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From the moment we are born, we have an innate drive to be in relationship to others.  No man is an island and being in relationship with others enables our needs to be met.

Hollywood has a lot to answer for.  They make finding someone to love seems so easy when in reality, relationships can be complicated.

Healthy romantic relationships are built upon trust, open and honest communication, and respect.  It involves two individuals who show and allow:

  • Empathy
  • Affection and interest
  • Compromise
  • Flexibility
  • Room for each person to grow

Much of my work with clients involves helping people explore and understand their relationships.  People often have a sense that something isn’t right without fully understanding why.

Sometimes there are patterns to our relationships.  If someone grew up in a family where their parents have a toxic, unhealthy relationship, this could form a blueprint of how they relate to others and expect to be treated.  They would have difficulty even understanding or recognising a healthy relationship. Unknowingly they will go out into the world seeking out the types of relationships which are best avoided.

What is a toxic relationship?

The cues that indicate a relationship is toxic can be subtle.  Not every toxic relationship is overtly violent, abusive, or damaging.  There are however some key indicators:

  • You feel sad or angry much of the time
  • The relationship no longer brings you joy, and/or you feel bad about yourself
  • You emotional wellbeing is starting to suffer, leading to feelings of depression, anxiety, or other mental health problems such as eating disorders.

The role of self-esteem

Self-esteem plays a huge role in our relationships.  If you have good self-esteem, you have an inherent sense you are worthy and will ensure your needs are met.  This means you are more likely to value yourself and seek others who do the same.

Yet someone with low self-esteem may take their feelings of “unworthiness” into their relationships, feeling undeserving of love and attention.  Within their frame of reference, it would seem normal for them to be in a relationship with someone who did not make them happy.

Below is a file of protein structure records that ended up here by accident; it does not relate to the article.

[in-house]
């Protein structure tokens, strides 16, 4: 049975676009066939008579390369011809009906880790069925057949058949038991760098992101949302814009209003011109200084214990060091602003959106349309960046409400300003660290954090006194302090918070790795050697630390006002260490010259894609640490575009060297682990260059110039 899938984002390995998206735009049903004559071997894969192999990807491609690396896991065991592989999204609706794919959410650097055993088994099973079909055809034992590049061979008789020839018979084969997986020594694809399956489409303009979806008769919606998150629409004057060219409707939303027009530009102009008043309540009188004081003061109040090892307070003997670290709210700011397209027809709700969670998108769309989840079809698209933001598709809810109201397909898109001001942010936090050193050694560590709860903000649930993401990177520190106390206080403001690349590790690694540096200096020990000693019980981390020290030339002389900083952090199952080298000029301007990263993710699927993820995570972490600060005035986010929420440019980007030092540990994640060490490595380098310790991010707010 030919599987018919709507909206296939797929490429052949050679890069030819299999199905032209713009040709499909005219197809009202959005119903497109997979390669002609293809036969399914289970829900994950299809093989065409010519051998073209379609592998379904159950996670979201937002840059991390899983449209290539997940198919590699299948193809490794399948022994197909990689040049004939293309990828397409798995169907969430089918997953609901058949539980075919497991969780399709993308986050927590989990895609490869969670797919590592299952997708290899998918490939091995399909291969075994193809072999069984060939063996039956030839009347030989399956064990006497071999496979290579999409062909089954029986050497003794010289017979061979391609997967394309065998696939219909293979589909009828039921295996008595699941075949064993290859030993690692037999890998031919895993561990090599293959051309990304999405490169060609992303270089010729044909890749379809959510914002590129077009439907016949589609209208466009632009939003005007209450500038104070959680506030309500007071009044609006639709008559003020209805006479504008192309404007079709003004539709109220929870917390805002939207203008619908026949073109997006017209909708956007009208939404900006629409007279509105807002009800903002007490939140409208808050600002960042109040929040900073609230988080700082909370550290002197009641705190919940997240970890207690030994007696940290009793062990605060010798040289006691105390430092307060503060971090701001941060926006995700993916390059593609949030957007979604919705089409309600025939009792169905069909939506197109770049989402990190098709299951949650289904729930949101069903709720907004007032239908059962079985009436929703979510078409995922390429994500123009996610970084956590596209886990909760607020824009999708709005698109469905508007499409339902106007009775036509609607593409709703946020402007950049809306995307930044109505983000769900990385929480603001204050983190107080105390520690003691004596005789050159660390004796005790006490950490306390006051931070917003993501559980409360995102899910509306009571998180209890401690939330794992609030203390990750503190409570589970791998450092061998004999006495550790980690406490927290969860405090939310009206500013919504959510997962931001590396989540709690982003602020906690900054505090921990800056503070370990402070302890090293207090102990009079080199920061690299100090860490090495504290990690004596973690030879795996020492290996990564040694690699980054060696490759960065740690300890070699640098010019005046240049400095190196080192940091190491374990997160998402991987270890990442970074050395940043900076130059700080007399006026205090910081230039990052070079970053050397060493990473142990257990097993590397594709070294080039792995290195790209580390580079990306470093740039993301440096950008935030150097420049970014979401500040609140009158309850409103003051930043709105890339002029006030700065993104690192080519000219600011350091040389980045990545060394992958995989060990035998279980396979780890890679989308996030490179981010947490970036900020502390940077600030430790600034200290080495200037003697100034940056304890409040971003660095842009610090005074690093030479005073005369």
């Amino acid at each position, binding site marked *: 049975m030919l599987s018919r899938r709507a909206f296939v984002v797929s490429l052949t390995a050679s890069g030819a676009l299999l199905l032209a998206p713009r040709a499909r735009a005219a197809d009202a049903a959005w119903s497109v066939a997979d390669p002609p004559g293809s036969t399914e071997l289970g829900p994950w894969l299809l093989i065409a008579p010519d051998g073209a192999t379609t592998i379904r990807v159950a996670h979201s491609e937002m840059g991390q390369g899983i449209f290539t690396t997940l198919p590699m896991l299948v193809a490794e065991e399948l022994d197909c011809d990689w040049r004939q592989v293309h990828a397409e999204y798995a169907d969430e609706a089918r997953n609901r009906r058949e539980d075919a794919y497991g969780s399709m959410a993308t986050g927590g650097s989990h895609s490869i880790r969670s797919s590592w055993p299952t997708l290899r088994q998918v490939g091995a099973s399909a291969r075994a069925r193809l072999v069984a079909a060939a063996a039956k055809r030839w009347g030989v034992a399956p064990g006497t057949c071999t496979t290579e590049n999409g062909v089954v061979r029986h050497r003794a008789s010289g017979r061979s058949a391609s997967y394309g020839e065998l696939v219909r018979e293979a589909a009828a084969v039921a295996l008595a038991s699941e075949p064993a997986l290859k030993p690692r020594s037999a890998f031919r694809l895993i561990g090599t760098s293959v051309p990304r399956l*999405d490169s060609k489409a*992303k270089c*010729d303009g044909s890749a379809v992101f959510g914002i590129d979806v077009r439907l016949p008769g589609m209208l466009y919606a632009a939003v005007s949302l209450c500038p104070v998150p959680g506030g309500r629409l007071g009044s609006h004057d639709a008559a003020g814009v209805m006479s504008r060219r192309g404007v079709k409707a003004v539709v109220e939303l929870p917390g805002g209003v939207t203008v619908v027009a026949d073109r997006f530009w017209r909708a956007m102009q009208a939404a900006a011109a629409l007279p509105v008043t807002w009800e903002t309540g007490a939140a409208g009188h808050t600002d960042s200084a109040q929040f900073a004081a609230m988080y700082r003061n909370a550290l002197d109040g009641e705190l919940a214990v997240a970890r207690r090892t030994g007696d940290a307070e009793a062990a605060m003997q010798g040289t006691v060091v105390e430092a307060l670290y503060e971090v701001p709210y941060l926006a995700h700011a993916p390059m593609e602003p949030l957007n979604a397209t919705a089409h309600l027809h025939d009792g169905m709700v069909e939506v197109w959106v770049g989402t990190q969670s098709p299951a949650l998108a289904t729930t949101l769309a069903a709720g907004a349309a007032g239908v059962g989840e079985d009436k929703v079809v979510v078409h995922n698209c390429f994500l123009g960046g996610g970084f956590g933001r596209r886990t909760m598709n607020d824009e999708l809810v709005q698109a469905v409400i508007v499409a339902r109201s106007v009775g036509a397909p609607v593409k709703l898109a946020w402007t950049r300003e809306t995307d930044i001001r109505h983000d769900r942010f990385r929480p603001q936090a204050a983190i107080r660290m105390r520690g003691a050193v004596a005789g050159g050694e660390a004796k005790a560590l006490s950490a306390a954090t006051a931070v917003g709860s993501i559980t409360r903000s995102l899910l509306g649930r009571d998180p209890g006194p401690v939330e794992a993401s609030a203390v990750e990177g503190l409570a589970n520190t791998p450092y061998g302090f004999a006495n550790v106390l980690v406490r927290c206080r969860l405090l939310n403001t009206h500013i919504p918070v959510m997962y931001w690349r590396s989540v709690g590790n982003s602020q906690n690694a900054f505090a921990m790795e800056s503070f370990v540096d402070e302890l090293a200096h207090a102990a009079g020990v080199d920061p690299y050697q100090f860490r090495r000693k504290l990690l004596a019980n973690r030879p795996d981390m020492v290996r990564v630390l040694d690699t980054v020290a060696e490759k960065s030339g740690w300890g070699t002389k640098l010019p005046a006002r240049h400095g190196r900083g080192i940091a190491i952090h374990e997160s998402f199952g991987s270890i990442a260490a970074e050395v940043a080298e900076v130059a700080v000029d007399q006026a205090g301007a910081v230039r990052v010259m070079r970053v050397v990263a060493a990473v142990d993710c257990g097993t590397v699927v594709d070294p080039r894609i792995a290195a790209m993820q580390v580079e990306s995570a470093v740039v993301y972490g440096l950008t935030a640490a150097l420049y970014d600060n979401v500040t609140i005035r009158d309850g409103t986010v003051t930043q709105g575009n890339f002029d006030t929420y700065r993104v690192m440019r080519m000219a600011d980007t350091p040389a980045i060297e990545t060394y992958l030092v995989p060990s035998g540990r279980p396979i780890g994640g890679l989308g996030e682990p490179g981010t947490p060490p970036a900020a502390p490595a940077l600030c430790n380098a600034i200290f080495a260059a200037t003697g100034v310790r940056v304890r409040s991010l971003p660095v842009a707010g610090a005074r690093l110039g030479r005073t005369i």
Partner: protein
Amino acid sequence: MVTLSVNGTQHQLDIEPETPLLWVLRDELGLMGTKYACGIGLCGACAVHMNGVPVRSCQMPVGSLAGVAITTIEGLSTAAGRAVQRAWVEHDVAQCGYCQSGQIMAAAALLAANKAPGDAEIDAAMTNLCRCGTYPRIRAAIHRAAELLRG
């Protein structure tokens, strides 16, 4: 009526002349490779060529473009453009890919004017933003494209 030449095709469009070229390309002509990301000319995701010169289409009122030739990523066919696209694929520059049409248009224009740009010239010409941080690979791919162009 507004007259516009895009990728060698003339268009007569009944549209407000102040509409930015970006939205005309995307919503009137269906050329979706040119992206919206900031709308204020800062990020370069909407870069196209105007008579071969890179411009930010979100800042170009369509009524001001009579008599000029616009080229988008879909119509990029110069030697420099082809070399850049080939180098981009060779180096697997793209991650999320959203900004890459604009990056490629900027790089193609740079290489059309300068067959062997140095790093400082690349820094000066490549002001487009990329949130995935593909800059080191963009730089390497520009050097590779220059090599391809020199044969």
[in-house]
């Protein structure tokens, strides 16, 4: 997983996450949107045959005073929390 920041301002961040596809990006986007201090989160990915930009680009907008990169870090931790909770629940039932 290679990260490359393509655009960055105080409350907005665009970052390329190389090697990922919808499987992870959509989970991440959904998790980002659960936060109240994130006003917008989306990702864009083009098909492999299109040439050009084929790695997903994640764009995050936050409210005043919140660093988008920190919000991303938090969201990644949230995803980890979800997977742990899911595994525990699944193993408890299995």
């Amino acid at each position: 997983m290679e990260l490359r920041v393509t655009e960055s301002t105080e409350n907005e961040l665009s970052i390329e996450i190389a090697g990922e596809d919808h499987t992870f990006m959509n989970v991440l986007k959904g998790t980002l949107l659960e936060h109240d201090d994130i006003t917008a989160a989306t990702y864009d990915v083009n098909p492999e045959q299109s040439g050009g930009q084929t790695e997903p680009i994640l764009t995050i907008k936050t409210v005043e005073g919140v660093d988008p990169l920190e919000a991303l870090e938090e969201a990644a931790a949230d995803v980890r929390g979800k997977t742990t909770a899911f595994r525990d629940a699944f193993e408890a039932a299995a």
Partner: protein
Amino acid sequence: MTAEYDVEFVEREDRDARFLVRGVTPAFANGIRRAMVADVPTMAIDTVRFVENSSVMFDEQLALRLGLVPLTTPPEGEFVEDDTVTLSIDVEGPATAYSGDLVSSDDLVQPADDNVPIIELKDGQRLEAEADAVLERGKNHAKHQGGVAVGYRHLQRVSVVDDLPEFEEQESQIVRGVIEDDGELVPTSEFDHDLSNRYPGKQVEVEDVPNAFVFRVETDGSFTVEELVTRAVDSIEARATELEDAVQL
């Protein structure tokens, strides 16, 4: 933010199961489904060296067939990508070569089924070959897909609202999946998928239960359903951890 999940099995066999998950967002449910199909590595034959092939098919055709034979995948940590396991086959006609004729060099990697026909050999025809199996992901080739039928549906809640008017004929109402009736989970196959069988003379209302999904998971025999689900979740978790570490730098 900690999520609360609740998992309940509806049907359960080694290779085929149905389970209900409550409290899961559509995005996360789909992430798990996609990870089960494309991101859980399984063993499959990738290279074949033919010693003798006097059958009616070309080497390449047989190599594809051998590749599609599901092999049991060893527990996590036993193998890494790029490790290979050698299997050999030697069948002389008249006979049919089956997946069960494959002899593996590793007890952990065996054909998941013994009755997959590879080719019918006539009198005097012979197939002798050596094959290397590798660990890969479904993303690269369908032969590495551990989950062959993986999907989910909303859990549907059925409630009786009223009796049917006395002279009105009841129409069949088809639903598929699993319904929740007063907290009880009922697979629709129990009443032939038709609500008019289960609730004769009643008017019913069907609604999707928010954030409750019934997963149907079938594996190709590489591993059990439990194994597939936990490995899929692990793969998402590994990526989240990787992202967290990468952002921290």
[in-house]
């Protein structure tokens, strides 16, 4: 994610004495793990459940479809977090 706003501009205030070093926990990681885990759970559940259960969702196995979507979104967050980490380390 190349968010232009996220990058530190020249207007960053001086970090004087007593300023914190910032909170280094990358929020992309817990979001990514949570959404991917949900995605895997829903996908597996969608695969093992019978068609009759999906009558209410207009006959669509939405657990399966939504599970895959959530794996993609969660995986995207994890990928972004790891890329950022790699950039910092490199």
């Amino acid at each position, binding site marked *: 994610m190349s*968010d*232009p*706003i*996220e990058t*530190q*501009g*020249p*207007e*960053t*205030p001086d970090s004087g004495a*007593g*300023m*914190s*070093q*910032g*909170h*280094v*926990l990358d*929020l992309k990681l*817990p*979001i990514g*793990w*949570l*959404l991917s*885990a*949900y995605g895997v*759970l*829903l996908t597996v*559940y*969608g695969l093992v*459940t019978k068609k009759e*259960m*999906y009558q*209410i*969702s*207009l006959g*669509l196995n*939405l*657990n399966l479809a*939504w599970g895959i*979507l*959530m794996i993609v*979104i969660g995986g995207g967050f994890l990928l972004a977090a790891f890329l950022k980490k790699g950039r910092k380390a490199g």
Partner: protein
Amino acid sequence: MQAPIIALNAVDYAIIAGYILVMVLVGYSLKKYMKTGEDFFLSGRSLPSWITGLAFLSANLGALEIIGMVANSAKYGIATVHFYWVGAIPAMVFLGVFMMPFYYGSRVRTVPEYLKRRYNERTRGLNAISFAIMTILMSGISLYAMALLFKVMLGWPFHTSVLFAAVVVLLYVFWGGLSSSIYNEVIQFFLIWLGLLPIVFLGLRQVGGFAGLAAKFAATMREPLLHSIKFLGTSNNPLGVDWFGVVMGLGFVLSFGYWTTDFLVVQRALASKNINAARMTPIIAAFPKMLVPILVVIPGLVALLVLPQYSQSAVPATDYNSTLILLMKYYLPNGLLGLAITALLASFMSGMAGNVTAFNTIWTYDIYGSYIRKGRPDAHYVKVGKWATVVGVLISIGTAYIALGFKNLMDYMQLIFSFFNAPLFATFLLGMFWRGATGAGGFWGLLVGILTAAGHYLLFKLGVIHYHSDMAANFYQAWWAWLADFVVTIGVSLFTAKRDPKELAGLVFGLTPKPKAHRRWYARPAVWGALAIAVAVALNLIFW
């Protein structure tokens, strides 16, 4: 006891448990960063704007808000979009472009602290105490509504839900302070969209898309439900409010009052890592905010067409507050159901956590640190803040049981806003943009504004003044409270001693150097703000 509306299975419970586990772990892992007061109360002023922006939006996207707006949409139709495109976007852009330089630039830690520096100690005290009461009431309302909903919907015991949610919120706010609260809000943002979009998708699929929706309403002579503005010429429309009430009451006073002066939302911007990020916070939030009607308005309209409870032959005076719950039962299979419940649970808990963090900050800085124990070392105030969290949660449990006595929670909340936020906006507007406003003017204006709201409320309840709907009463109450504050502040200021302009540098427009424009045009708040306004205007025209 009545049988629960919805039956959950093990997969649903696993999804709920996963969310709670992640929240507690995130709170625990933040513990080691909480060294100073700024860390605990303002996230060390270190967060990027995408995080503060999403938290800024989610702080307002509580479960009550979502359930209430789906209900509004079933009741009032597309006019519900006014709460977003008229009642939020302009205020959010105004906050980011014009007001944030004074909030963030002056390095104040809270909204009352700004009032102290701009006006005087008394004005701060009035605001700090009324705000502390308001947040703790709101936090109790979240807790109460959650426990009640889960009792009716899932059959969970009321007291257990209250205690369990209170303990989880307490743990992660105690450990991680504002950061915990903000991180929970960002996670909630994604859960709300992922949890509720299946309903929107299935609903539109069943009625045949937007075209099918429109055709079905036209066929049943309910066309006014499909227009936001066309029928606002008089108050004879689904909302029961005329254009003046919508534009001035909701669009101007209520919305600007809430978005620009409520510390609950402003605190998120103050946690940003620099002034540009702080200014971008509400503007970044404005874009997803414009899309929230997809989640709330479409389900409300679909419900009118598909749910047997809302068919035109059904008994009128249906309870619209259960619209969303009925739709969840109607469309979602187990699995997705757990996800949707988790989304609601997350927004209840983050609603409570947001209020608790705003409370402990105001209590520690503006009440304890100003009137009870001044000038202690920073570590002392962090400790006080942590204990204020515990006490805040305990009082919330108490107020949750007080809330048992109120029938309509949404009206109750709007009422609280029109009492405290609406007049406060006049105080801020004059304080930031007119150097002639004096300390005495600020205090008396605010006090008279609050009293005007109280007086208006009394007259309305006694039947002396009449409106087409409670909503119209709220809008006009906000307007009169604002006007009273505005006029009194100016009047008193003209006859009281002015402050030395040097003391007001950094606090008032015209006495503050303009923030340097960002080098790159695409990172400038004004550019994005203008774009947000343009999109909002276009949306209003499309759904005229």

Low self-esteem can be a contributory factor to staying in a bad relationship.  The person may say things to rationalise why they are being treated badly e.g. “I’m a difficult person to live with” or “That was my fault”.   Furthermore, the impact of the relationship itself can continue to eat away at levels of self-esteem.

Walking away

Extracting yourself from a toxic relationship is by no means easy.  Walking away can bring anger, guilt, and feelings of grief for the person or relationship you had desperately wanted.  Yet it is absolutely necessary, and it is always worth it.

As you recover and move on, there is a tendency to look back and wonder how you ever allowed yourself to get into a relationship of this kind.  Thoughts can circulate in your head:

  • “How could I be so stupid?”
  • “Why did I not see the warning signs”
  • “Why did I allow someone to treat me like that?”

Of course, these thoughts come with benefit of hindsight.  There may well be some value in looking at the relationship to gain better understanding and insight to prevent making the same mistake again.  This is where counselling can help.  Yet there is a point where this is no longer a productive exercise, and it can cause real distress and suffering.  It can also eat away at your self-esteem which has already taken a battering.

Moving on involves treating yourself with kindness and self-compassion.  This can be really hard to do but you need to give yourself some leeway.

In my experience relationships don’t start from a toxic, destructive place.  There may well have been some red flags in those early days, but it can be easy to overlook these because you are infatuated, in the honeymoon period, or giving your partner the benefit of doubt.

Here are my takeaway comments:

  1. Don’t ruminate – Getting wrapped up in the “what if’s” has the power to consume you. What has happened is in the past.  Instead focus your energy on the present and the future.
  2. Be kind – We can often find compassion for others yet find it difficult to apply it ourselves. In these situations, it can be helpful to think about what you would say to a friend.  You would probably show understanding, compassion, and care; showing this to yourself is no different.
  3. Forgive your mistakes – Our mistakes give us the greatest opportunity to learn. Just as you might warn a young child to be careful, often the only way they will learn is to make the mistake for themselves.